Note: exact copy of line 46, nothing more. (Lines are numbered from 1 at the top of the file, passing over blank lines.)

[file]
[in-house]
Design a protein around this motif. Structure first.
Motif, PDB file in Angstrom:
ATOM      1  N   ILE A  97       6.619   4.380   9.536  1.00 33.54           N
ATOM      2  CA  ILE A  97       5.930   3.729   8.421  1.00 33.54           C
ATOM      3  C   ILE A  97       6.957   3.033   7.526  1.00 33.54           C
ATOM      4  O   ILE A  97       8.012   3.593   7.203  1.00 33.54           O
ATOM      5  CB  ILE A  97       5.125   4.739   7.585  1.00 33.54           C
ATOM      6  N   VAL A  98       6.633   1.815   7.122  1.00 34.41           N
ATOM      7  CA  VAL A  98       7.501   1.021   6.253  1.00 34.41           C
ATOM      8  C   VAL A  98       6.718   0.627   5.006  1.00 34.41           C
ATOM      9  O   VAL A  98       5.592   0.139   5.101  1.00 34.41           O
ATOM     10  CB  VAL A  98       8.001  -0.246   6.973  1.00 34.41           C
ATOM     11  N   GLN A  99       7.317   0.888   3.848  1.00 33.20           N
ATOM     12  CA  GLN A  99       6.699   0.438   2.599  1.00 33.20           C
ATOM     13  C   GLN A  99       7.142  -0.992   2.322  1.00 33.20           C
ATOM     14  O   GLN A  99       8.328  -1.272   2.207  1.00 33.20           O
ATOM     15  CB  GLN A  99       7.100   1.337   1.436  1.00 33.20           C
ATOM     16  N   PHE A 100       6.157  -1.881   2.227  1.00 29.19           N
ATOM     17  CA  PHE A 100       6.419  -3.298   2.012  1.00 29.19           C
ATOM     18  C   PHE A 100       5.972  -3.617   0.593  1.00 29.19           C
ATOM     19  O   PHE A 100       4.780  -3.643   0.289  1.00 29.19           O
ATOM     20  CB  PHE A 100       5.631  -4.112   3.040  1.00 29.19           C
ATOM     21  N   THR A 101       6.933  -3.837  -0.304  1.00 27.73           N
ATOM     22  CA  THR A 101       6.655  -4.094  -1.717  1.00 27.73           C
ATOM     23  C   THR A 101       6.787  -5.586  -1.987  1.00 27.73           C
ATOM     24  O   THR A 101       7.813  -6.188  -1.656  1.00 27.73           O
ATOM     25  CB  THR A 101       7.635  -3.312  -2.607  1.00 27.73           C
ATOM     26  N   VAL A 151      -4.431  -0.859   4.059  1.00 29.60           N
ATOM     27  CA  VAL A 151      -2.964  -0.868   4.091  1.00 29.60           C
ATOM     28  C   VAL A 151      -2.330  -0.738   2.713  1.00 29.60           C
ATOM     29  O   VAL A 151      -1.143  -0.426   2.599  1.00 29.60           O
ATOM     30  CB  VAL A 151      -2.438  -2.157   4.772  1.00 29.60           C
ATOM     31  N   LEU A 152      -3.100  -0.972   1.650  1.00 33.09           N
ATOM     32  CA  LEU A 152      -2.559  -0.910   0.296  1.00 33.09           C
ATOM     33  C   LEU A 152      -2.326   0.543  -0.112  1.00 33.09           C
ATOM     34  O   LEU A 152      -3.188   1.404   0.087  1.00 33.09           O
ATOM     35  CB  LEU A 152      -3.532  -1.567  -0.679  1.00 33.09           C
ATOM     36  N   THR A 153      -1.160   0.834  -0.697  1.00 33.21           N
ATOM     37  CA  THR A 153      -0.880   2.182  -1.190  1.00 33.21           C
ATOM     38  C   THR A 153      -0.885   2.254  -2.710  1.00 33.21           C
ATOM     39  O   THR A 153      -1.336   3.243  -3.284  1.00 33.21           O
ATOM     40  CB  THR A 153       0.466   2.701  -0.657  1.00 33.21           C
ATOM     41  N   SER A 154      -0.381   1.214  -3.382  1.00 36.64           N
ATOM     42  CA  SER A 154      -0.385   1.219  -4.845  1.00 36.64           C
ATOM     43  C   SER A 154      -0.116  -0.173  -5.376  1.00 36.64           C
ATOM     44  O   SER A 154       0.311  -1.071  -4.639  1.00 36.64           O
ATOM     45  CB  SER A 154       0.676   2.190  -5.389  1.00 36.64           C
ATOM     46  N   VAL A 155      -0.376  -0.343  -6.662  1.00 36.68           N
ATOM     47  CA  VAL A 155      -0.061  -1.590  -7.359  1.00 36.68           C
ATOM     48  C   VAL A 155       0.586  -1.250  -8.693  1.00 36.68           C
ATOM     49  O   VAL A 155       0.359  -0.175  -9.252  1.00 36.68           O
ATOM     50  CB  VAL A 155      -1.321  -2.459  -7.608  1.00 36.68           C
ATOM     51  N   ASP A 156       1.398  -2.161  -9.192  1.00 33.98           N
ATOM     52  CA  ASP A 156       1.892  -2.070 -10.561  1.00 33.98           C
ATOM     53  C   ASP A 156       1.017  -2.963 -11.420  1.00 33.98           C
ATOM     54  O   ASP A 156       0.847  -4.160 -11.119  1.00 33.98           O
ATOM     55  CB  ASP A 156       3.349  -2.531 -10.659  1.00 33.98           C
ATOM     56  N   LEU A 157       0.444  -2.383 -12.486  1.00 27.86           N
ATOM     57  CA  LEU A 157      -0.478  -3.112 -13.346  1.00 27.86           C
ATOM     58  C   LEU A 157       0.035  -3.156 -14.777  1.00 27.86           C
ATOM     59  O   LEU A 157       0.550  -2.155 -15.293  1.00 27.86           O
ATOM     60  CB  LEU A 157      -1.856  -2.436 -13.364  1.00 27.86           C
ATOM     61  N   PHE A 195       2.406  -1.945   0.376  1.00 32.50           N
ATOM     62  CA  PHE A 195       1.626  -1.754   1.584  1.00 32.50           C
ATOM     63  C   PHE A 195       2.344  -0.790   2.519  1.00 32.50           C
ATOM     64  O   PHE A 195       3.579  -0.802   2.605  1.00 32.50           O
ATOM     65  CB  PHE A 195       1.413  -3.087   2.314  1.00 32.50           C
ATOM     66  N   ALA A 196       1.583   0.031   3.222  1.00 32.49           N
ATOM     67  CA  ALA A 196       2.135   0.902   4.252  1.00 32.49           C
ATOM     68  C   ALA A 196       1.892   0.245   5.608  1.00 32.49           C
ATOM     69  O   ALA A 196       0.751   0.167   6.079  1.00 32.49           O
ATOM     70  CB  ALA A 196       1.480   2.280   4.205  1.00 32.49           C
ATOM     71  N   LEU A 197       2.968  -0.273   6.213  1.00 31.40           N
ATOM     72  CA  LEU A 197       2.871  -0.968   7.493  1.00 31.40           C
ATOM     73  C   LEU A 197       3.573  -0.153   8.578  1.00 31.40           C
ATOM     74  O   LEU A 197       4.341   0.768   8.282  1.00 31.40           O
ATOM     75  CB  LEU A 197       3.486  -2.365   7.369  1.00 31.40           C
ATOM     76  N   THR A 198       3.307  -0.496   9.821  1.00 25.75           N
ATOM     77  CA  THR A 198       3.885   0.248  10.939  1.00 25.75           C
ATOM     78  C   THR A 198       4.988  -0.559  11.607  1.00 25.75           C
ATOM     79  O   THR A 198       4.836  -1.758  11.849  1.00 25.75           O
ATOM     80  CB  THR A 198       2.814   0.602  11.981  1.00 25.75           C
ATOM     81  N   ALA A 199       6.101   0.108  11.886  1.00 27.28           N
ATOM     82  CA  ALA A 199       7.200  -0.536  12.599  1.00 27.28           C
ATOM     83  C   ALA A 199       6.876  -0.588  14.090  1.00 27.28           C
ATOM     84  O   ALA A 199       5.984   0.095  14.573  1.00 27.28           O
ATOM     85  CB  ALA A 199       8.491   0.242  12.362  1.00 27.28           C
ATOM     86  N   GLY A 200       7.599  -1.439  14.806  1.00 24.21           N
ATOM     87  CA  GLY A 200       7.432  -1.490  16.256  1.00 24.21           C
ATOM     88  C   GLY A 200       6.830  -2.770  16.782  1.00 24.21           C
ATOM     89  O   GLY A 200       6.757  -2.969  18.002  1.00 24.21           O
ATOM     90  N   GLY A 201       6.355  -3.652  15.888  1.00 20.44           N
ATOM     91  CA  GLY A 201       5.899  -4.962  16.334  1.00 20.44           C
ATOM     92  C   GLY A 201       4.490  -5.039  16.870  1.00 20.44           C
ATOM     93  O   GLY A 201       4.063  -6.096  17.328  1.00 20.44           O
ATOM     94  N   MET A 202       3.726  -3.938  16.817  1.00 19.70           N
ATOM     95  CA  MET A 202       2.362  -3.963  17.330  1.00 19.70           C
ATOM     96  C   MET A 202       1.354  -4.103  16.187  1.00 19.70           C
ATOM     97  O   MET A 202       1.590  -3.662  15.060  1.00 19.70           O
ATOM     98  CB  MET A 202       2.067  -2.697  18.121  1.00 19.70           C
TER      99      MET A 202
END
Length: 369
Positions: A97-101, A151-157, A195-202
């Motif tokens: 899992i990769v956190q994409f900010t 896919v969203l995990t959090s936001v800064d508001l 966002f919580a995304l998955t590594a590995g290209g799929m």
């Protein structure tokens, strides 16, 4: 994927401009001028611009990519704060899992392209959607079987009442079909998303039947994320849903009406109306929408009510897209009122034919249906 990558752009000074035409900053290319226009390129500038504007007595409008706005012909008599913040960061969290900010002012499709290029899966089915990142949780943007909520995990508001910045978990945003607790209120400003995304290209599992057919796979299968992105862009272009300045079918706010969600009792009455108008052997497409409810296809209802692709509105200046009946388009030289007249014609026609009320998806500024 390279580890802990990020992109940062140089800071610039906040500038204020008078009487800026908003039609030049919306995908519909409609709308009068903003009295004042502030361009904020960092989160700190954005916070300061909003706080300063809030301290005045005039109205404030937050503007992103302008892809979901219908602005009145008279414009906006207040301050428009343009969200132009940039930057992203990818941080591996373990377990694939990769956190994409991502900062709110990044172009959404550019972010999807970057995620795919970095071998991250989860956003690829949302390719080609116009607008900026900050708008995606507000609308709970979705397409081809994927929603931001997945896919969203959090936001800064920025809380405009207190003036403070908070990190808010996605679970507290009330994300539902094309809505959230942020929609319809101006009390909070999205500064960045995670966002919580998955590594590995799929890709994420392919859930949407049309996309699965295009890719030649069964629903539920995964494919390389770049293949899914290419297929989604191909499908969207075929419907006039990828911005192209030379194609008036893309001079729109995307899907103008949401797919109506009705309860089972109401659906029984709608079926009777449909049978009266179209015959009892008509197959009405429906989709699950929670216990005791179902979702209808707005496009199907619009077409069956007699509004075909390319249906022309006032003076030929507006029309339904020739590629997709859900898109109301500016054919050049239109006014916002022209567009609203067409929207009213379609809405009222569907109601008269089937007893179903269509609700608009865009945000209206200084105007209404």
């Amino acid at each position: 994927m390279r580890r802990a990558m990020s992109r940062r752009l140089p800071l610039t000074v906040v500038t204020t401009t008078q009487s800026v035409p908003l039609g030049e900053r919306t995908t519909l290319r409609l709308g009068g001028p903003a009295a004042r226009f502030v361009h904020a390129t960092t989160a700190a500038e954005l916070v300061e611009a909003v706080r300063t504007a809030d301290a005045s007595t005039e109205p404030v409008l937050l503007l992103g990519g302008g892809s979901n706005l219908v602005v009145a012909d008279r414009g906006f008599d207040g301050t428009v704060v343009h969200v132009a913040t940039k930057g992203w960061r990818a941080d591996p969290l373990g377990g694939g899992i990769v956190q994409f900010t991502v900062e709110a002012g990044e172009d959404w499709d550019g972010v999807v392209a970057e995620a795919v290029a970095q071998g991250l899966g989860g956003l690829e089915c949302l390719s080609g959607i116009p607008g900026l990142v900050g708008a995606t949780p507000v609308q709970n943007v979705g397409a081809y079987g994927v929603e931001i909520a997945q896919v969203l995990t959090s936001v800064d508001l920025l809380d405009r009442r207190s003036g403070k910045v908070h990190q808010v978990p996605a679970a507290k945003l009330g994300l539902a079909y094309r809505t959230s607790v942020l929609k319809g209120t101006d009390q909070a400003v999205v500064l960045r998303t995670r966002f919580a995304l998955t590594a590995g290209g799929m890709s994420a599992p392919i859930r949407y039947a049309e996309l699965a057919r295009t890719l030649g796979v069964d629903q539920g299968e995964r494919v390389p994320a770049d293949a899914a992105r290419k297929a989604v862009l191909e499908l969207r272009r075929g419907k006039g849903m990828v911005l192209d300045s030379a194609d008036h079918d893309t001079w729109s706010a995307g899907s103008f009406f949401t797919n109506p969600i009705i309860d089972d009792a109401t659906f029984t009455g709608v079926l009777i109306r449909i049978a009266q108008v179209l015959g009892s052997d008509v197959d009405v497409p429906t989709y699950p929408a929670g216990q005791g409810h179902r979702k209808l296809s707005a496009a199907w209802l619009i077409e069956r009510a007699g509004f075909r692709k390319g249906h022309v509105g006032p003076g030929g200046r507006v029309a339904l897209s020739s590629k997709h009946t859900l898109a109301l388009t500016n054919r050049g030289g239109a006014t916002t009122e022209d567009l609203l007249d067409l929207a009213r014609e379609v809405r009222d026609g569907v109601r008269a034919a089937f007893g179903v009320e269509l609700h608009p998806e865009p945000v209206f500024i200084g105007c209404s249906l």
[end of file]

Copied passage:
ATOM     43  C   SER A 154      -0.116  -0.173  -5.376  1.00 36.64           C